The Wii has been one of the best-selling home consoles in the history of gaming. It’s no surprise that Nintendo has hit the jackpot with their little Wii and all its little Miis. Nintendo introduced the world to the Wii with a shockingly sparse line-up of hard-hitting games — yet it featured an innovative motion-controller that had casual and hardcore gamers scrambling to get their hands on the semi-cheap game console. The Wii hasn’t lost steam since its November 19th, 2006 induction into the competitive market of interactive entertainment, but the third-party games haven’t picked up in their quality either.
According to recent NPD figures, the console has effectively sold well over 10 million units in the United States (surpassing Microsoft’s Xbox 360 installed base) and has sold over 12 million units in Japan. What’s amazing about these numbers is that the Wii’s software lineup has been on complete opposite ends of the entertainment spectrum when compared to the likes of the PS3 and Xbox 360. So while big-budget games like Halo 3, Grand Theft Auto IV and Metal Gear Solid 4 have all helped to move SKUs of the Xbox 360 and PS3, the Wii has solemnly stood by with a less audacious software backbone. The only big-name games the system has recently received were all first-party titles by Nintendo (i.e., Super Mario Galaxy, Mario Kart, and Super Smash Bros. Brawl). And despite lacking the provocative flavor of ‘M’ rated content in popular 360 and PS3 titles, the Wii has continued to power ahead of all its home console competitors in hardware sales.
While some might applaud Nintendo for the brave risk that has paid off for the company with a larger market share value, great sales and near-flawless publicity, the flip-side is that the Wii’s software isn’t quite as blockbuster-worthy as the hardware. With the exception of the popular miscellaneous fitness game, Wii-Fit, the remainder of the Wii’s recent software titles seem to verge on lazy, bargain-bin quality games and the occasional licensed-property conversion. Furthermore, this was an argument put forth last year regarding the Wii’s software performance and quality, which was still staggering outside of Nintendo’s own first-party titles and a few PS2/Gamecube remakes. Now fast forward one year later and the Wii is still in the third-party crisis state that it was a year ago.
Take for example, if you look at any NPD software sales chart for the Wii and minus out any first-party titles from Nintendo, the Wii really wouldn’t be in the top 10 for monthly software sales. Also take note that if you compare the top 20 software sales charts for third-party games for both the Wii and PS3, the Wii won’t have anything on there if it’s not Guitar Hero. Again, this criticism is only in comparison to the ratio of consoles sold versus the amount of software being moved for the console, in the third-party sector. So while Nintendo has continued to dominate the gaming hardware market with casual care, they don’t seem to want to expand beyond that casual dominance. I think what’s sad is that Nintendo has set a trend for many third-party publishers to follow in the footsteps of being casually trendy with their projects, when in fact the trend itself is not for the software but for the hardware.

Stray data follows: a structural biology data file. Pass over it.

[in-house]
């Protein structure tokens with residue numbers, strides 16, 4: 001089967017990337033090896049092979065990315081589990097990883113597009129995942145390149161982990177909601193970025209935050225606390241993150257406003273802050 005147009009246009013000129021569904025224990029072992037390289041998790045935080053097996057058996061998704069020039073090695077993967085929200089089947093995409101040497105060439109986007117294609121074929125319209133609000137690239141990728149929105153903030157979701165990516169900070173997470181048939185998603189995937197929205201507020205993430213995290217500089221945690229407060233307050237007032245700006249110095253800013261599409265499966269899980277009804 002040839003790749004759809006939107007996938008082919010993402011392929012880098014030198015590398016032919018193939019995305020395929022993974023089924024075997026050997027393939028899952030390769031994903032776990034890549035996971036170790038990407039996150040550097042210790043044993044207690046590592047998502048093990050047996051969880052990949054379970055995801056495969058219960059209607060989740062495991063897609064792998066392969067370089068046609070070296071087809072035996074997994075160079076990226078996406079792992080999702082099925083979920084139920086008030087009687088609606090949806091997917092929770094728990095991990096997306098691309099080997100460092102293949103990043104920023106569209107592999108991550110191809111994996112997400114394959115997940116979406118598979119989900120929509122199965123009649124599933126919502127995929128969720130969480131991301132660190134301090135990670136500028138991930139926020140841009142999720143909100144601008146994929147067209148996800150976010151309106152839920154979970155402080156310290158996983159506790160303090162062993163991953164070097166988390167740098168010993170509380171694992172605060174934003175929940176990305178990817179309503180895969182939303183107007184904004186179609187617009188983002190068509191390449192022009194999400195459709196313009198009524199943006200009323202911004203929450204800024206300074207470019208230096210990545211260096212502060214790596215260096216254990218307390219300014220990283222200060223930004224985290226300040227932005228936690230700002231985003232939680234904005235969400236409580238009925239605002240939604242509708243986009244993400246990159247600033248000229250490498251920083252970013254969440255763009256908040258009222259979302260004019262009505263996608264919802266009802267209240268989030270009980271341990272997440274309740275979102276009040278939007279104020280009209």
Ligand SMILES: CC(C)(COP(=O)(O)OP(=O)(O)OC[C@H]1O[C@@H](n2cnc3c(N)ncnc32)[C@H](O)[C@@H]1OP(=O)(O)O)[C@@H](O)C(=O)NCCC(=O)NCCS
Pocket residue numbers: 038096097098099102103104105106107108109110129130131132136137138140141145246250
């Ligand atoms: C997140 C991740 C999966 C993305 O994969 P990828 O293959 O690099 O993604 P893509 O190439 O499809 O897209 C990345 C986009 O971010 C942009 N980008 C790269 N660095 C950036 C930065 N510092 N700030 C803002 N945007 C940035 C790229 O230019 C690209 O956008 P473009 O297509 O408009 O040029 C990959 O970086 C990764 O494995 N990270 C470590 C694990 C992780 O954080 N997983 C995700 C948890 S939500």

Often times the games that sell well from a third-party publisher for the Wii usually comes from the likes of Electronic Arts (e.g., Tiger Woods, NASCAR, Madden, etc.,) Activision (e.g., Guitar Hero, Marvel Ultimate Alliance, etc.,) or Ubisoft (e.g., Brothers in Arms, Raymond Raving Rabbids, etc.) But in all honesty, most of the fore-mentioned publishers have the same software titles on the PS3 and Xbox 360. But when you talk about third-party exclusives for the Wii it’s often times a completely different story when looking at the sales charts. For example, MiniCopter: Adventure Flight by Aksys Games, how well do you think it did in sales? What about Wild Earth: African Safari by Majesco? Or possibly Wacky Races: Crash & Dash by Eidos Interactive? A quick google search of any of these titles will return poor review scores and unpropitious user feedback.
Now every system, of course, will have its fair share of third-party shovel-ware (e.g., Vampire Rain for the Xbox 360, The Shield for the PS2, etc.) But in the same manner there are a few third-party titles, both exclusive and multiplatform, which manage to make the console look legitimate as a gaming machine…and aimed at matching the quality of the software experience with the sales of the console hardware (e.g., Call of Duty 4, John Woo’s Stranglehold, Bioshock, etc.) Now there are a couple of upcoming titles for the Wii that stand out in the third-party fray, but the noteworthy games are still multiplatform games: Ferrari Challenge, Sonic Unleashed and Star Wars: Force Unleashed. Probably the most noteworthy third-party exclusive for the Wii this year is Skate IT by Electronic Arts. Despite Nintendo assuring gamers that their third-party sales are better than the competition, it’s troubling to know that the quality of many of the third-party games still aren’t getting any better. Seriously, the one thing we currently don’t need in the gaming industry is a continuous flood of below-average games that don’t sell very well for a very popular home console. Hopefully, in the near future Nintendo will bring back an Official Seal of Quality — not an Official Nintendo Seal — which may encourage some publishers to push past their bargain-bin aspirations and finally aim to make some quality third-party exclusives.…